Asked if he backed another payment for Americans, Trump told Scripps Networks in an interview that he backed sending out a second check. “We will be doing another stimulus package” with Congress, he added, saying the bipartisan measure would come “over the next couple of weeks probably.”

(Reporting by Susan Heavey)

U.S. labor market recovery stalling; second wave of layoffs underway

By Lucia Mutikani

WASHINGTON (Reuters) – The number of Americans filing for unemployment benefits fell last week, but the pace of decline appears to have stalled amid a second wave of layoffs as companies battle weak demand and fractured supply chains, supporting views that the economy faces a long and difficult recovery from the COVID-19 recession.

The Labor Department’s weekly jobless claims report on Thursday, the most timely data on the economy’s health, sketched a picture of a distressed labor market even though employers hired a record 2.5 million workers in May as businesses reopened after shuttering in mid-March to slow the spread of COVID-19. At least 29 million people are collecting unemployment checks.

Stubbornly high joblessness could stifle the nascent signs of economic recovery that had been flagged by a record jump in retail sales in May and a sharp rebound in permits for future home construction. Federal Reserve Chair Jerome Powell told lawmakers this week that “significant uncertainty remains about the timing and strength of the recovery.”

The economy fell into recession in February.

“The recent sightings of green shoots for economic growth are going to fade in a hurry if workers can’t return to the jobs they lost during the pandemic recession,” said Chris Rupkey, chief economist at MUFG in New York. “Over 20 million out of work without a paycheck is a lot of spending missing from the economy.”

Initial claims for state unemployment benefits fell 58,000 to a seasonally adjusted 1.508 million for the week ended June 13, the government said. Data for the prior week was revised to show 24,000 more applications received than previously reported, bringing the tally for that period to 1.566 million.

Economists polled by Reuters had forecast claims dropping to 1.3 million in the latest week. The 11th straight weekly decrease pushed claims further away from a record 6.867 million in late March. Still, claims are more than double their peak during the 2007-09 Great Recession.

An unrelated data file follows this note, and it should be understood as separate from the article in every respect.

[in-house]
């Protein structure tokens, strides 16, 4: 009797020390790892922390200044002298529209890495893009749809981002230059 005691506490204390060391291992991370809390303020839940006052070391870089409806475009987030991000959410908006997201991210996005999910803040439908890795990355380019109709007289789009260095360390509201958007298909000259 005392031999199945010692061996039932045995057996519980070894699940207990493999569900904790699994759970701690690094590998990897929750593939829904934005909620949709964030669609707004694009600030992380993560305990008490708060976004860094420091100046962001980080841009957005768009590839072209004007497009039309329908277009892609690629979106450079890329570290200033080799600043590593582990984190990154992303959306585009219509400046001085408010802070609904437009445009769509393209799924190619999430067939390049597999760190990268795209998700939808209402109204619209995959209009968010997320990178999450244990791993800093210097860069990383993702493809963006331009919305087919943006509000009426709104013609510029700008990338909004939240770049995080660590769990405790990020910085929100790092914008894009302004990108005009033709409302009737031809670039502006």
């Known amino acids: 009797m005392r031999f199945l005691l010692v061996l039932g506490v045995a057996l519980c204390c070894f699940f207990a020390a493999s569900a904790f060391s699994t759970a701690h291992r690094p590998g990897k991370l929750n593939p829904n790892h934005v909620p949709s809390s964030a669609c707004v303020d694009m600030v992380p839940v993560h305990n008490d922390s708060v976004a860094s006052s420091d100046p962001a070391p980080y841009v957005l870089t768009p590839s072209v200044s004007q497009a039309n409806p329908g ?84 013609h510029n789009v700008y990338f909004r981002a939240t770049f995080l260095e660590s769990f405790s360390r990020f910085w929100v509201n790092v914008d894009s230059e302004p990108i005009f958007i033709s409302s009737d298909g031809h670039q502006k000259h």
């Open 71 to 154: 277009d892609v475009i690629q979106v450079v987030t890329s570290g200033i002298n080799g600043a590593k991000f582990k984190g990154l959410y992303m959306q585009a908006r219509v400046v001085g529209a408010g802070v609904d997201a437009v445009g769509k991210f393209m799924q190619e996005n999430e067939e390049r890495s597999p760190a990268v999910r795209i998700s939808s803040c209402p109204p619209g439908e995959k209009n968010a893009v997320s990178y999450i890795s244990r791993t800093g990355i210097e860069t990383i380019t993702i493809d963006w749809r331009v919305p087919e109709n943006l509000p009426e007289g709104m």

“The fear of a second wave of layoffs, as industries not directly affected by COVID-caused shutdowns have started to shed workers, appears to have begun,” said Robert Frick, corporate economist at Navy Federal Credit Union in Vienna, Virginia.

A separate report from the Philadelphia Fed on Thursday showed labor market conditions remained depressed in June at factories in the mid-Atlantic region even as manufacturing activity in the region that covers eastern Pennsylvania, southern New Jersey and Delaware rebounded sharply.

Stocks on Wall Street were trading lower on the claims report and rising COVID-19 infections in parts of the country. The dollar rose against a basket of currencies. U.S. Treasury prices were higher.

MILLIONS ON UNEMPLOYMENT ROLLS

From manufacturing, retail, information technology and oil and gas production, companies have announced job cuts. State and local governments, whose budgets have been shattered by the COVID-19 fight, are also cutting jobs.

Economists expect an acceleration in layoffs when the government’s Paycheck Protection Program, part of a historic fiscal package worth nearly $3 trillion, giving businesses loans that can be partially forgiven if used for wages, runs out.

They attributed to the PPP a drop in the number of people receiving benefits after an initial week of aid from a record 24.912 million in early May. But these so-called continued claims, which are reported with a one-week lag, also appear to have since stalled. The claims report showed continuing claims dropped 62,000 to 20.544 million the week ending June 6.